|Publication number||US4228343 A|
|Application number||US 05/865,363|
|Publication date||Oct 14, 1980|
|Filing date||Dec 29, 1977|
|Priority date||Dec 29, 1977|
|Also published as||DE2839176A1|
|Publication number||05865363, 865363, US 4228343 A, US 4228343A, US-A-4228343, US4228343 A, US4228343A|
|Inventors||Gary L. Kanner, Samuel H. Kohler, Robert E. Lewis|
|Original Assignee||Schick Incorporated|
|Export Citation||BiBTeX, EndNote, RefMan|
|Patent Citations (22), Referenced by (21), Classifications (17)|
|External Links: USPTO, USPTO Assignment, Espacenet|
The present invention relates generally to hair curling appliances, and more particularly, to a portable hair curling appliance which provides improved operating convenience along with added safety features while being economical to manufacture.
Differing types of hair curling appliances have long been used for imparting curls to hair. Conventional curling appliances generally include a curling iron or wand which is heated in some manner. Hair is then wrapped around the heated portion to impart a curling effect. The curling irons or wands associated with these appliances have heretofore been either internally or externally heated. In the internally heated type, a heating element, which is generally electrically powered, is situated in the working portion of the wand to heat the hair as it is looped or wound therearound. In the externally heated type, the wand is formed of a material having a high heat coefficient, and is inserted into or positioned contiguous with a heating element positioned in a base external to the wand to transfer heat from the element to the wand to prepare it for use in curling hair.
Each of these two types of hair curling appliances has advantages and disadvantages with respect to the other type. The internally heated type maintains its heat for long periods of time. However, the electric cord and connection required to power such an appliance provides an inconvenience for the user. While the externally heated type curling iron has no electric cord or connection, once the appliance is withdrawn from its heated base, the wand begins to lose heat and is usable for shorter periods of time than the internally heated type.
Internally heated types of hair curling appliances have recently been introduced wherein an electric cord has been eliminated. This appliance includes a wand portion which is extensible from the handle. When the wand is extended fully outwardly of the handle, an electric plug is pivotally moved to an external position. The curling appliance may then be inserted in an electric outlet until the wand portion is sufficiently heated for use. Prior to using the wand, the plug is pivotally returned to its position inside the handle, thus opening any electric circuit in the appliance.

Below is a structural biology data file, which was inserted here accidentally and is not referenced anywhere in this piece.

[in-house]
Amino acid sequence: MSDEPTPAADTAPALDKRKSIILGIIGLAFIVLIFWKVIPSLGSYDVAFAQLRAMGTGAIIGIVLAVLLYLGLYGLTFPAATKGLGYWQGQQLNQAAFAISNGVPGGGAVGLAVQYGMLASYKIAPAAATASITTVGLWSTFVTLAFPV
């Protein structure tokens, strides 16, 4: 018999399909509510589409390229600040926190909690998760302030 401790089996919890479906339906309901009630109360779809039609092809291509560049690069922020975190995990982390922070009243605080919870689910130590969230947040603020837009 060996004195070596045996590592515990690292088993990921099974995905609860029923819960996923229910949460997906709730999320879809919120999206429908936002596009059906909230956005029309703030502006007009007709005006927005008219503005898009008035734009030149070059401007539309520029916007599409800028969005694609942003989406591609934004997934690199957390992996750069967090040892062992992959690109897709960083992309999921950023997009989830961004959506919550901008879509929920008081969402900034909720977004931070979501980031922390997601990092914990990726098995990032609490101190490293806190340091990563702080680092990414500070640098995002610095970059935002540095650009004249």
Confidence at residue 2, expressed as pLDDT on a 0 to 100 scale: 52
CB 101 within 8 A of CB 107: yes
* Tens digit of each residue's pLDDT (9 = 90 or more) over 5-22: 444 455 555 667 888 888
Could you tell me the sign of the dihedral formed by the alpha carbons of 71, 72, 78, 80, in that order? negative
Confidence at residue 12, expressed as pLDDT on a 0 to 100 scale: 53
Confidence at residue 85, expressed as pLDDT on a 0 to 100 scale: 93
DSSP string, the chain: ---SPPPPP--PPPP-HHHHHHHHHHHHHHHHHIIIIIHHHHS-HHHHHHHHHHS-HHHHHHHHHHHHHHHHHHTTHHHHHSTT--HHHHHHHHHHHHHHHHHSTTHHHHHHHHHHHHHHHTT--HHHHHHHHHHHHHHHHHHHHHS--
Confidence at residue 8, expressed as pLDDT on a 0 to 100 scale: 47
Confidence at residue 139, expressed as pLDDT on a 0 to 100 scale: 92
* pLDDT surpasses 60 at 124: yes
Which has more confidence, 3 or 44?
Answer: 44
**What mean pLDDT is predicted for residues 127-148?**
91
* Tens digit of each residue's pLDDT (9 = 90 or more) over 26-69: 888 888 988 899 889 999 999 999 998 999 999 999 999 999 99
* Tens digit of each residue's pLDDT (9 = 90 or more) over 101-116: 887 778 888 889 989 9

This newer type of hair curling appliance also has several disadvantages. First, since the heating element extends outwardly of the handle while its electric circuit is closed, there may be a temptation for a user to grasp the hot part of the wand while removing the appliance from an electric outlet. Further, when the electric plug is swung outwardly of the handle, the appliance can be plugged into a conventional outlet in only one position. The lack of variable mounting positions may lead to user inconvenience. A need has developed for a compact curling appliance which overcomes these deficiencies while being inexpensive to manufacture. Such a hair curling appliance should provide ease of manipulation by a user during hair curling operations with improved convenience and safety.
Accordingly, it is a general object of the present invention to provide a new and improved hair curling appliance.
It is another object of the invention to provide a collapsible portable hair curling appliance which provides improved protection from the heatable portion thereof for both users or other persons and clothing accessories.
It is another object of the present invention to provide a new and improved portable hair curling appliance of the internally heated type which can be more economically produced than heretofore known hair curling appliances of that type.
The invention is directed to a hair curling appliance comprising a hollow handle which is adapted for convenient grasping by the hand of a user. A curling wand including a heat retaining working portion is slidably mounted in the hollow interior of the handle for user-operated movement outwardly and inwardly thereof. An electric plug assembly is slidably retained in the handle and is extensible therefrom for conductively engaging a conventional wall socket. When the plug assembly is in its extended position, the operating circuit is closed to connect the plug with the working portion of the wand. The slidable movement of the wand in the handle provides cooperative engagement with the plug assembly to extend same therefrom only when the wand is substantially fully inserted therein.
The invention is further directed in a hair curling appliance of the type described above to a novel electric plug assembly which is both rotatably and extensibly mounted in the hollow portion of the appliance handle, therefore eliminating the need for a conventional electric cord.
The invention is further directed to an improved positive temperature coefficient heating element assembly for a hair curling appliance.
The invention is further directed in a hair curling appliance of the type described above wherein both the wand and electric plug assembly may be simultaneously retained inside the handle for storage or traveling purposes.